Rio de Janeiro’s pro-legalization mayoral candidate Marcelo Freixo was defeated in the Oct. 30 run-off by his conservative opponent Marcelo Crivella—a bishop in the evangelical Universal Church of the Kingdom of God.
Crivella, who won by a safe 20 percent, is also the nephew of the founder of what Reuters calls the “evangelical megachurch.” He had to back down from his past criticisms of homosexuality in gay-friendly Rio—as well as his criticisms of Catholicism, Brazil’s dominant religion. With the country still reeling over the August impeachment of president Dilma Rousseff of the left wing Workers Party (PT), the race in Rio represents a further gain for Brazil’s political right.
Freixo, a former school-teacher and longtime human rights advocate in Rio de Janeiro’s state legislature, is with the Socialism and Freedom Party (POSL), which broke from the PT over a decade ago and tilts in a more social-libertarian direction. His outspoken stance for a debate on drug legalization as a solution to Rio’s deep crisis of crime and violence was, of course, exploited against him on the campaign trail. Freixo won support from activists, artists and intellectuals. But Crivella actually did better in the poorer parts of the city.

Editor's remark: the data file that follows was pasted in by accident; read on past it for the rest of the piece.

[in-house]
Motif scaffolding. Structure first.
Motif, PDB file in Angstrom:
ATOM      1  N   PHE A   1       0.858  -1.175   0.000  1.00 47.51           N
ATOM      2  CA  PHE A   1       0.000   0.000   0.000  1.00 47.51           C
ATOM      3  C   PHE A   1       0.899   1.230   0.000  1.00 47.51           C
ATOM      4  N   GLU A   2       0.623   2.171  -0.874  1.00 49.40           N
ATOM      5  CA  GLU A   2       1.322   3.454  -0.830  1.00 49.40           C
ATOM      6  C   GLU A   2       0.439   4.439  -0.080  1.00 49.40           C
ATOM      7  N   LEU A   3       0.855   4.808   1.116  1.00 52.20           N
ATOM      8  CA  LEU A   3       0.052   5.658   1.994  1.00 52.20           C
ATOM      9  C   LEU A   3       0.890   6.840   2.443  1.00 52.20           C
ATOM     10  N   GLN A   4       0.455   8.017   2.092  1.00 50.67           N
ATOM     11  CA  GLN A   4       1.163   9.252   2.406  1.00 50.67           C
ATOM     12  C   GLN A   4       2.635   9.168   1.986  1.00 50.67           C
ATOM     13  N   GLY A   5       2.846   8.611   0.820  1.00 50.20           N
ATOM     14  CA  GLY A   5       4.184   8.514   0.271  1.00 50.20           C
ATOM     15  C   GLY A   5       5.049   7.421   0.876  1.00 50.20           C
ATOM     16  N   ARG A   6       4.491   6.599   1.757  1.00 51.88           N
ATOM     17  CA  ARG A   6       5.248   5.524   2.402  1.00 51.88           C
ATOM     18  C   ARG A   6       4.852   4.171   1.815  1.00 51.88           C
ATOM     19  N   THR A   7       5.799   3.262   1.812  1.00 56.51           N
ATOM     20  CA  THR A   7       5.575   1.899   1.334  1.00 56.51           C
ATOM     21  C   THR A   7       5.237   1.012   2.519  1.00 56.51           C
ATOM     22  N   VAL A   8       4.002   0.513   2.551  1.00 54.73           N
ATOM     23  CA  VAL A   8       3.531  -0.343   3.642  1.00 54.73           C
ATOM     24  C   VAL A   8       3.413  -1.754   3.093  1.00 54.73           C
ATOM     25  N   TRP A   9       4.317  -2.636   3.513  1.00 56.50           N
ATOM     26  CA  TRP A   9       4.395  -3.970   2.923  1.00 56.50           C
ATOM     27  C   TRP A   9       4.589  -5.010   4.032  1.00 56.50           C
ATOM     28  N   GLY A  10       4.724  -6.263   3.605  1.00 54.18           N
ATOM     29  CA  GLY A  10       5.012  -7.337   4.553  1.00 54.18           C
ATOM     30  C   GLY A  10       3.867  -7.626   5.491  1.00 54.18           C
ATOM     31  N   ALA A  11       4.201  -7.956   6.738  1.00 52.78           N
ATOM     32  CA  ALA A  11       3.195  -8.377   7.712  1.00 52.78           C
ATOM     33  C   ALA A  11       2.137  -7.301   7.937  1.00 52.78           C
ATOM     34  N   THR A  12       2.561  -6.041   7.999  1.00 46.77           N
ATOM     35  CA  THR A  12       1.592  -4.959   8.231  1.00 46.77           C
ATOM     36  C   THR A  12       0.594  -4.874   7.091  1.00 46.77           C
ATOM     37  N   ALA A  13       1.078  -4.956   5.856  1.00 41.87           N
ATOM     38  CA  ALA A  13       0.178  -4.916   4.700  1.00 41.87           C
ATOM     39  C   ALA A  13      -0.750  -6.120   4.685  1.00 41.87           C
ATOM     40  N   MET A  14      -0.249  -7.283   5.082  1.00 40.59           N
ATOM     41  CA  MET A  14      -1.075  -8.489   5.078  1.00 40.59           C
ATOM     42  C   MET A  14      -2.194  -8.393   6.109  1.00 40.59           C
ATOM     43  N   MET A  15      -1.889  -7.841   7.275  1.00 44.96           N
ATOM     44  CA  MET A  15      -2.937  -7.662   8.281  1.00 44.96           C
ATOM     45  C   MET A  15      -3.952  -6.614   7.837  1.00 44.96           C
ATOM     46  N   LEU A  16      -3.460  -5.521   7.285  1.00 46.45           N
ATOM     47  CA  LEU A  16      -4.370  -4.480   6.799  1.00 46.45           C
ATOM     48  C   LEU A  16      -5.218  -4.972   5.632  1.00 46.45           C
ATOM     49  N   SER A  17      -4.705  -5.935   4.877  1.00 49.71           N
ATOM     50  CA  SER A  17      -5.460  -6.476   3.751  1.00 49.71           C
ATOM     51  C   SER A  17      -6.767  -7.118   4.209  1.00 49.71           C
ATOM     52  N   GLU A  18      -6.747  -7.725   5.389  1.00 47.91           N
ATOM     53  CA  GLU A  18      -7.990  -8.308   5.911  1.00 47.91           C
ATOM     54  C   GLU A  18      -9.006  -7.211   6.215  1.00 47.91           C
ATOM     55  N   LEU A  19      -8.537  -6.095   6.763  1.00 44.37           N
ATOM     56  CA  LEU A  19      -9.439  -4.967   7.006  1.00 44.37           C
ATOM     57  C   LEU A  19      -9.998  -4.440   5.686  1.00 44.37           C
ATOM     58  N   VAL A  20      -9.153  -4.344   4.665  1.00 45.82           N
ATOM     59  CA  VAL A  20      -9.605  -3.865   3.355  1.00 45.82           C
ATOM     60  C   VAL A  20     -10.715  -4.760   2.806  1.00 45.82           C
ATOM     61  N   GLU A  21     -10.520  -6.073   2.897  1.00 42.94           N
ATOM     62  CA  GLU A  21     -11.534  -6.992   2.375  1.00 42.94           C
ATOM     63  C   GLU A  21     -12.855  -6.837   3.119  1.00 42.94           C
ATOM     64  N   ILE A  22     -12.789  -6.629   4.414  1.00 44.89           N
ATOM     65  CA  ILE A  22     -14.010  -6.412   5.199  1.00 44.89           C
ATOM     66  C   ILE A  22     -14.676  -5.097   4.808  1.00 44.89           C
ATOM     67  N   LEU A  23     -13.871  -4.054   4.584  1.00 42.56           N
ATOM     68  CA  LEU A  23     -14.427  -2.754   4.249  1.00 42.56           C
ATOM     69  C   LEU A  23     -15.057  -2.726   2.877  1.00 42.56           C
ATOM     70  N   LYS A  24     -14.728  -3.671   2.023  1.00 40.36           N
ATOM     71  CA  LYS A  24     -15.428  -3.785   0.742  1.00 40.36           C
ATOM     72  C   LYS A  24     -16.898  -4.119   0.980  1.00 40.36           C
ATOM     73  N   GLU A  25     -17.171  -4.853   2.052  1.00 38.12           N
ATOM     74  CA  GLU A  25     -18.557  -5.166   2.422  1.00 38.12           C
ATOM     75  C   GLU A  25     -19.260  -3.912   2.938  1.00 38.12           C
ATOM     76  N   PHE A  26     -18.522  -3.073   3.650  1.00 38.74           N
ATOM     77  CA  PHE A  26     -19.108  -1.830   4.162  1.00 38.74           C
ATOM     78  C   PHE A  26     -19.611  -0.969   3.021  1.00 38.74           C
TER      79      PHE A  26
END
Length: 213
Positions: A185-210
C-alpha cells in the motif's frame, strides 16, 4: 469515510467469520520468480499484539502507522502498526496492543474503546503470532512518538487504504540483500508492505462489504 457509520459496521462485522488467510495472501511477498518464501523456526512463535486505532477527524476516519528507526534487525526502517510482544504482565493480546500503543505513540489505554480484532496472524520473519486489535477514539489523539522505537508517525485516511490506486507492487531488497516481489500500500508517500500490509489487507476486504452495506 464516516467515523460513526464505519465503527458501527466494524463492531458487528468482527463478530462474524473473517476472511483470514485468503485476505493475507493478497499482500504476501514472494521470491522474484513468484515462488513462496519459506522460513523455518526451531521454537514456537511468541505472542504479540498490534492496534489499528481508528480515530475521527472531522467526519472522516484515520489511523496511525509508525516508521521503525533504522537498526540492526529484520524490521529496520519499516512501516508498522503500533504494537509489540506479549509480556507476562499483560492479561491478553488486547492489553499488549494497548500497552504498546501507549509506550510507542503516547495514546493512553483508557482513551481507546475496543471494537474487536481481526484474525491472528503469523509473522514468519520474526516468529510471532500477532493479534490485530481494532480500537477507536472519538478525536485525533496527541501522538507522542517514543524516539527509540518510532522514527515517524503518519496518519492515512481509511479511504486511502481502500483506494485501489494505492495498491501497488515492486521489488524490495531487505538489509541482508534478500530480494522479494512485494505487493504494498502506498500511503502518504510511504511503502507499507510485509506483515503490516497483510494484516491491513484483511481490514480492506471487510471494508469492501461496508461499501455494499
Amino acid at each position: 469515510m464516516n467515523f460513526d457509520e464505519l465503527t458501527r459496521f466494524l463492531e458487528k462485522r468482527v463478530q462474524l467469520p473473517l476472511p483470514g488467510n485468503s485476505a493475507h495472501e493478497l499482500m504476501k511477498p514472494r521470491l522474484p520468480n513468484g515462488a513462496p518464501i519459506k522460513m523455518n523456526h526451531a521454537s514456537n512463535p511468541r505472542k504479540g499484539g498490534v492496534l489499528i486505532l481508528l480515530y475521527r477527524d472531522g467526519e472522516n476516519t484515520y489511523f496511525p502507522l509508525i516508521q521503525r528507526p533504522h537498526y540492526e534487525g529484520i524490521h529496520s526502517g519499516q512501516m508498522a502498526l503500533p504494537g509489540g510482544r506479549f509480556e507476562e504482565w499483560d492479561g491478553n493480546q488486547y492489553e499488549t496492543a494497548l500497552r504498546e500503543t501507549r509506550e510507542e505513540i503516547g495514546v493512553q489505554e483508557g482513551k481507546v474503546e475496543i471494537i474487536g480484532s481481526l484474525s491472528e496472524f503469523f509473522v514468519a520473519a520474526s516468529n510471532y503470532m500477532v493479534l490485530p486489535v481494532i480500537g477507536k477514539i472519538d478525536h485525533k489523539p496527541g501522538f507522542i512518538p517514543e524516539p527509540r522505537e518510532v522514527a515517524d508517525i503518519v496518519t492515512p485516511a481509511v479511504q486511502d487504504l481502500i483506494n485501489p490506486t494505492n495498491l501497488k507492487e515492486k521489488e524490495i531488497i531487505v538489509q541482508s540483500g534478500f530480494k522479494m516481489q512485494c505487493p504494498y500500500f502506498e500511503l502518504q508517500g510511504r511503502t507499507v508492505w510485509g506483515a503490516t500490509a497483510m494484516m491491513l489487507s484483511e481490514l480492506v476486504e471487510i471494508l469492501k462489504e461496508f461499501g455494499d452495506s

The vote took place amid ongoing narco-fueled violence, as police launched city-wide anti-gang sweeps under the code name Operation “Vou de Táxi” (Taxi Trip). Troops flooded the favelas, raiding some 30 residencies and detaining some 20 suspects.
And during the run-off campaign, Rio’s longtime public security secretary, José Mariano Beltrame, stepped down amid furor over a deadly shoot-out in the Pavão-Pavãozinho favela—unnervingly close to the city’s posh downtown districts. This is a blow to Beltrame’s militarized approach to policing.
But with Brazil’s political crisis deepening, the general trajectory is heading back toward intolerance. Freixo’s campaign put some radical ideas on the table, but they will have to fight to keep them there.